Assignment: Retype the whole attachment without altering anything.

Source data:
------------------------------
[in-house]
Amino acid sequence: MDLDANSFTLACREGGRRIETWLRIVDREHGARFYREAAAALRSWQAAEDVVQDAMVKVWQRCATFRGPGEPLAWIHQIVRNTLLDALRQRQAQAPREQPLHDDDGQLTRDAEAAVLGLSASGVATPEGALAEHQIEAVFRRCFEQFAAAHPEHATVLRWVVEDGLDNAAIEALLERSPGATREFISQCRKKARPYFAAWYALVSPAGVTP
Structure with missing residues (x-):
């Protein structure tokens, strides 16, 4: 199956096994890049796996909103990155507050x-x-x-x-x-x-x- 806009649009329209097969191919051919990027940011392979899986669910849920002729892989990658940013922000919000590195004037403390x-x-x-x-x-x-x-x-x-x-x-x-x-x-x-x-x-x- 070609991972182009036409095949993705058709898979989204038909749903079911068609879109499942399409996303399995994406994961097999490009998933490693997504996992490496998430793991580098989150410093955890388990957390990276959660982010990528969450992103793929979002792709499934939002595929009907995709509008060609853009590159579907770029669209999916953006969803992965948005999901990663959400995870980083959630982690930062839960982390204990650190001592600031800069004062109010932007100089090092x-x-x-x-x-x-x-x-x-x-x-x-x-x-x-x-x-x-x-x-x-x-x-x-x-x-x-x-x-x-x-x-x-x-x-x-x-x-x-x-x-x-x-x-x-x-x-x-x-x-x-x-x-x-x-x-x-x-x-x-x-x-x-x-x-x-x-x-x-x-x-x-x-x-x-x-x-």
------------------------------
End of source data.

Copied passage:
[in-house]
Amino acid sequence: MDLDANSFTLACREGGRRIETWLRIVDREHGARFYREAAAALRSWQAAEDVVQDAMVKVWQRCATFRGPGEPLAWIHQIVRNTLLDALRQRQAQAPREQPLHDDDGQLTRDAEAAVLGLSASGVATPEGALAEHQIEAVFRRCFEQFAAAHPEHATVLRWVVEDGLDNAAIEALLERSPGATREFISQCRKKARPYFAAWYALVSPAGVTP
Structure with missing residues (x-):
């Protein structure tokens, strides 16, 4: 199956096994890049796996909103990155507050x-x-x-x-x-x-x- 806009649009329209097969191919051919990027940011392979899986669910849920002729892989990658940013922000919000590195004037403390x-x-x-x-x-x-x-x-x-x-x-x-x-x-x-x-x-x- 070609991972182009036409095949993705058709898979989204038909749903079911068609879109499942399409996303399995994406994961097999490009998933490693997504996992490496998430793991580098989150410093955890388990957390990276959660982010990528969450992103793929979002792709499934939002595929009907995709509008060609853009590159579907770029669209999916953006969803992965948005999901990663959400995870980083959630982690930062839960982390204990650190001592600031800069004062109010932007100089090092x-x-x-x-x-x-x-x-x-x-x-x-x-x-x-x-x-x-x-x-x-x-x-x-x-x-x-x-x-x-x-x-x-x-x-x-x-x-x-x-x-x-x-x-x-x-x-x-x-x-x-x-x-x-x-x-x-x-x-x-x-x-x-x-x-x-x-x-x-x-x-x-x-x-x-x-x-």